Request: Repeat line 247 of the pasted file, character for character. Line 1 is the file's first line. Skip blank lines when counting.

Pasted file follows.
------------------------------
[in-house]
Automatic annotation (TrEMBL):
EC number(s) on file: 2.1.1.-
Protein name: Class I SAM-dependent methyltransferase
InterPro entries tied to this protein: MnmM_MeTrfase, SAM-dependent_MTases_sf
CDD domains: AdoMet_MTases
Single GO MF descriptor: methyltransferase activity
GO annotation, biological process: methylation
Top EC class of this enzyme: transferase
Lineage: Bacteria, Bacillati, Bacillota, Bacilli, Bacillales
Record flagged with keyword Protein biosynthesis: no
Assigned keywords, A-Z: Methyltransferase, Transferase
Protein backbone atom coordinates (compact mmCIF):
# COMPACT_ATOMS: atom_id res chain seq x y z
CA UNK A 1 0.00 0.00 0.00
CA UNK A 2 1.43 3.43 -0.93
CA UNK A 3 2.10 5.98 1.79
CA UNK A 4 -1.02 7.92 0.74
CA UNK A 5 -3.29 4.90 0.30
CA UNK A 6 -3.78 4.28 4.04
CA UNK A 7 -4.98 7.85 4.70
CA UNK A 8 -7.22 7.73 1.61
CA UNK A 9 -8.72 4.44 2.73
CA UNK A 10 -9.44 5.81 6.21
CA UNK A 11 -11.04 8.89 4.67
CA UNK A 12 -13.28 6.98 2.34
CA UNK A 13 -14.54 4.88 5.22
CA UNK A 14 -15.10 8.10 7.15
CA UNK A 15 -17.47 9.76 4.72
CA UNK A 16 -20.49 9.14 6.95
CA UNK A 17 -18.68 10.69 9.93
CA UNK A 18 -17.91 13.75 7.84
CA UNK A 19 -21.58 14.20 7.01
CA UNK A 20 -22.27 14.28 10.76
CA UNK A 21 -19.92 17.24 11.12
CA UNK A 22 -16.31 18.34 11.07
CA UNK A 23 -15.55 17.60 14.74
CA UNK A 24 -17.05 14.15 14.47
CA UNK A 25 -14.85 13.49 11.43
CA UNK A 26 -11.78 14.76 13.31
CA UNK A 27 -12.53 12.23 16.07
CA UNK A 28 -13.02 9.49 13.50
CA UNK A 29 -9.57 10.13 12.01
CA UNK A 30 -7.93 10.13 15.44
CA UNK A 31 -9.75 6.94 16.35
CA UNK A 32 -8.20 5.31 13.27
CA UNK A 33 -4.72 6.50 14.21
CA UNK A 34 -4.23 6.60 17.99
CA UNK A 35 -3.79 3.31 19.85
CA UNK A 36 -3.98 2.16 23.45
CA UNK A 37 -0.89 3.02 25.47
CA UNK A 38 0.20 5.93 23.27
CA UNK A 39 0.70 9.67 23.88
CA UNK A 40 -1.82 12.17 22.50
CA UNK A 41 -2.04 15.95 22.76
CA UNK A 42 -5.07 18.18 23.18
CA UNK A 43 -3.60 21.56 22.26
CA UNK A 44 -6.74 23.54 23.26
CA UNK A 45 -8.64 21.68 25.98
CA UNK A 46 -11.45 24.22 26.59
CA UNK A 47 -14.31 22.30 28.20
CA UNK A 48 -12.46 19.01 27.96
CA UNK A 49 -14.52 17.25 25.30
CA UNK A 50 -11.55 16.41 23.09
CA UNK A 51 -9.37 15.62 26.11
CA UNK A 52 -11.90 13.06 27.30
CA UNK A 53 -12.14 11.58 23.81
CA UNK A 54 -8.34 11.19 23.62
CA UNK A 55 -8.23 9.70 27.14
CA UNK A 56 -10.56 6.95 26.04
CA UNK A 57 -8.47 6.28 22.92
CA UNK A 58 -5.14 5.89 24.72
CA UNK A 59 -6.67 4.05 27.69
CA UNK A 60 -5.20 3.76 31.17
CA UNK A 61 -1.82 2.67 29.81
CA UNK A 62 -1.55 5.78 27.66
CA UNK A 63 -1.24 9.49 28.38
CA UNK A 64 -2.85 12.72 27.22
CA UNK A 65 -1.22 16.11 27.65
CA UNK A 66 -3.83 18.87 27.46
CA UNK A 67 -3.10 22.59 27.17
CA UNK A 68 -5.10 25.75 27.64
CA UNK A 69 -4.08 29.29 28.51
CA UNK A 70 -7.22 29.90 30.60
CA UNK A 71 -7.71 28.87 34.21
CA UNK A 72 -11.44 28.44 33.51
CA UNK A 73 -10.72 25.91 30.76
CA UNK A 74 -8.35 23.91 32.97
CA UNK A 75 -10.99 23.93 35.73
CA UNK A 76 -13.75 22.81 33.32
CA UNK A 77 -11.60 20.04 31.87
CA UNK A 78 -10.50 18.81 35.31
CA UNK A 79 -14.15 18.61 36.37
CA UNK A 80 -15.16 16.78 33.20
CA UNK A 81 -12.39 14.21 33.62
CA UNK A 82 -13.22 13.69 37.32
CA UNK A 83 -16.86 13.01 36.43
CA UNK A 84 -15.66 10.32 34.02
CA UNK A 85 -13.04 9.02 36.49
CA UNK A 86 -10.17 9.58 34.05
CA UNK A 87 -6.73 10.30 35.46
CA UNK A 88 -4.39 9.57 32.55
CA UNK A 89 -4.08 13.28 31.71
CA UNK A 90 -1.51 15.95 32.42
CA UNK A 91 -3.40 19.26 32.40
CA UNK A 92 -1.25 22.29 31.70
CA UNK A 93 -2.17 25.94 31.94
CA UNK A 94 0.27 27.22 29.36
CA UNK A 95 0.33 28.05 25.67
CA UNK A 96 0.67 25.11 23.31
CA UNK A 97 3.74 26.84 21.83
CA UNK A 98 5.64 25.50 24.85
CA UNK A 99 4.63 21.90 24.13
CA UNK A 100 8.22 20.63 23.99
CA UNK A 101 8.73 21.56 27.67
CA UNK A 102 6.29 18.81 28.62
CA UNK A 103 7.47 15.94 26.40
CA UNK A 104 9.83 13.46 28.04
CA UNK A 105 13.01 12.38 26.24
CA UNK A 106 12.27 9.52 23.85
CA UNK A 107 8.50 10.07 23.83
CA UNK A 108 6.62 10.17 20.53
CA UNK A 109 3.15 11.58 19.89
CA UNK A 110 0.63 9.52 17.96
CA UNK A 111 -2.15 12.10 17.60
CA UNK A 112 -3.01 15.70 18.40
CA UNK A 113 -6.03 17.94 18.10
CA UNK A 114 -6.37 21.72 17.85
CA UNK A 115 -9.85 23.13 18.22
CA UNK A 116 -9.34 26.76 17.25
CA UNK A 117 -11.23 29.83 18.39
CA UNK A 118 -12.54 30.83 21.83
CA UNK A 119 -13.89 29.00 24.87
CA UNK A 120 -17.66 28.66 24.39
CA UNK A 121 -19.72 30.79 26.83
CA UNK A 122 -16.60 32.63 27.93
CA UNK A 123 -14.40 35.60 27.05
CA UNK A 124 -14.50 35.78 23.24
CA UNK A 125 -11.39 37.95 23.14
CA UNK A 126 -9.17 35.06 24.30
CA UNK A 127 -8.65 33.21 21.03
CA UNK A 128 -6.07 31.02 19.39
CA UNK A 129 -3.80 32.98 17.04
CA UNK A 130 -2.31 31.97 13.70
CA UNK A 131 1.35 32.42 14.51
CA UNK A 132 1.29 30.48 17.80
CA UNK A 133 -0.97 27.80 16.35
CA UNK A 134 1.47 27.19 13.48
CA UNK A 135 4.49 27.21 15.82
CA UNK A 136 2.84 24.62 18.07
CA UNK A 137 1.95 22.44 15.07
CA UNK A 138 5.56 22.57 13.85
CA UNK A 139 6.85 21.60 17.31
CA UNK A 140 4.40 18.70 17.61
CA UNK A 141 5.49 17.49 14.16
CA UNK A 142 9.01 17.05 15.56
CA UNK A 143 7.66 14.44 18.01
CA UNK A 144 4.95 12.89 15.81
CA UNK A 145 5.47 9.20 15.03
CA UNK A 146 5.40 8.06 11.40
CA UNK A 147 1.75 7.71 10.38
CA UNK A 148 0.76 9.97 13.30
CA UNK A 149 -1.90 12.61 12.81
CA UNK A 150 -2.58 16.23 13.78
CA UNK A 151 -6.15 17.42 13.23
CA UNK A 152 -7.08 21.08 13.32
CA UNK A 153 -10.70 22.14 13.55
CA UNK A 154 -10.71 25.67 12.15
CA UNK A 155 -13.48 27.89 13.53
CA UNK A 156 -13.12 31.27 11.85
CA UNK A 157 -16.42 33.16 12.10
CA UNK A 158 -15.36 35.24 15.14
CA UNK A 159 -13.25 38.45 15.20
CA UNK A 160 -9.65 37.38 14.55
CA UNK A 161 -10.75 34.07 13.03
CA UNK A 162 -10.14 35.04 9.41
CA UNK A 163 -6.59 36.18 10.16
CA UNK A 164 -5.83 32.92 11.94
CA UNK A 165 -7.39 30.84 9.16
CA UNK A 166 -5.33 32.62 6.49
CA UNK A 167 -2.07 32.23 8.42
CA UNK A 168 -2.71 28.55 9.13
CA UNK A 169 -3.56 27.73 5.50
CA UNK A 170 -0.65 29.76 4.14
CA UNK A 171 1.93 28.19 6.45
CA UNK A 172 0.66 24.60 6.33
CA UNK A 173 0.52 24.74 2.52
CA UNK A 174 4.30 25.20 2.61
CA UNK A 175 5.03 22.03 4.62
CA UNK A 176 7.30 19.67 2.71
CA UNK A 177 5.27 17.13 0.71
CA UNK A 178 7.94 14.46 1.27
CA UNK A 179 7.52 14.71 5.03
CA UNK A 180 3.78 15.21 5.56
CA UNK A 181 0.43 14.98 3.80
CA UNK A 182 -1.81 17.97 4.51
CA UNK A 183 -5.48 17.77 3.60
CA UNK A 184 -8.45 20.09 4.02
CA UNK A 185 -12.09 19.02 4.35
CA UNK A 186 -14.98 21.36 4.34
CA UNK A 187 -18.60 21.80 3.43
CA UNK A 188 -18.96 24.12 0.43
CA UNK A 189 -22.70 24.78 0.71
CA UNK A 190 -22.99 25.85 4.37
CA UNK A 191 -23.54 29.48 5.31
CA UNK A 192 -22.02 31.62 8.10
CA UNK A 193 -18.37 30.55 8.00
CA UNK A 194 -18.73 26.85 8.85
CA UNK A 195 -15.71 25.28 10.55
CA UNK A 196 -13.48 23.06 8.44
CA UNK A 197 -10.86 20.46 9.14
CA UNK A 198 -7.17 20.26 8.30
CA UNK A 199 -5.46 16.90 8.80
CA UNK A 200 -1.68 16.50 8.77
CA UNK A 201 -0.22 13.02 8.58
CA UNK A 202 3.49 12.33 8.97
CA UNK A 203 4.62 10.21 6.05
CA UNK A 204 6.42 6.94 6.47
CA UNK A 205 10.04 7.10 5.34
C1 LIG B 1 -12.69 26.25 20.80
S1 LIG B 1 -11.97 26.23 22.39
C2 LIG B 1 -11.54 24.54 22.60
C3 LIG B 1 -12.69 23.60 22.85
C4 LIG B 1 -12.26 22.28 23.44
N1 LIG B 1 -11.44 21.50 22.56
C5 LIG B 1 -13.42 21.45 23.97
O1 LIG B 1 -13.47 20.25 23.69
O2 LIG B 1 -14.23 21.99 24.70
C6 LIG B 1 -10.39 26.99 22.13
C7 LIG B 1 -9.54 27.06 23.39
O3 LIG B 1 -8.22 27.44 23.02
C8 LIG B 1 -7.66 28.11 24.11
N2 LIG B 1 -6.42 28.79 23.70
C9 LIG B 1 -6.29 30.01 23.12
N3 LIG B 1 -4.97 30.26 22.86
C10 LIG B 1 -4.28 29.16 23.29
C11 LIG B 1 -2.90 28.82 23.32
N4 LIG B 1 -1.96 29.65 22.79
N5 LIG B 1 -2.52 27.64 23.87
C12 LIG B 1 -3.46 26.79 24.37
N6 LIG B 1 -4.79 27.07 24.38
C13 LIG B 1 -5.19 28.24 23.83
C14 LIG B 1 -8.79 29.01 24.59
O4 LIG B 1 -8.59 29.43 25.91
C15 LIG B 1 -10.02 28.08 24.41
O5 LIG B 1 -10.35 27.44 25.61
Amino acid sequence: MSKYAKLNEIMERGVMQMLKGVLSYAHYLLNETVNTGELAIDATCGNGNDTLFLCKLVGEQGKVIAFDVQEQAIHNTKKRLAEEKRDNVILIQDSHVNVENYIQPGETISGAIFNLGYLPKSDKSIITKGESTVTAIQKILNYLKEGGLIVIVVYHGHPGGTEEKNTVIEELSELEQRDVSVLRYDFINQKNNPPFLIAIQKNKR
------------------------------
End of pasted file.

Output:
Amino acid sequence: MSKYAKLNEIMERGVMQMLKGVLSYAHYLLNETVNTGELAIDATCGNGNDTLFLCKLVGEQGKVIAFDVQEQAIHNTKKRLAEEKRDNVILIQDSHVNVENYIQPGETISGAIFNLGYLPKSDKSIITKGESTVTAIQKILNYLKEGGLIVIVVYHGHPGGTEEKNTVIEELSELEQRDVSVLRYDFINQKNNPPFLIAIQKNKR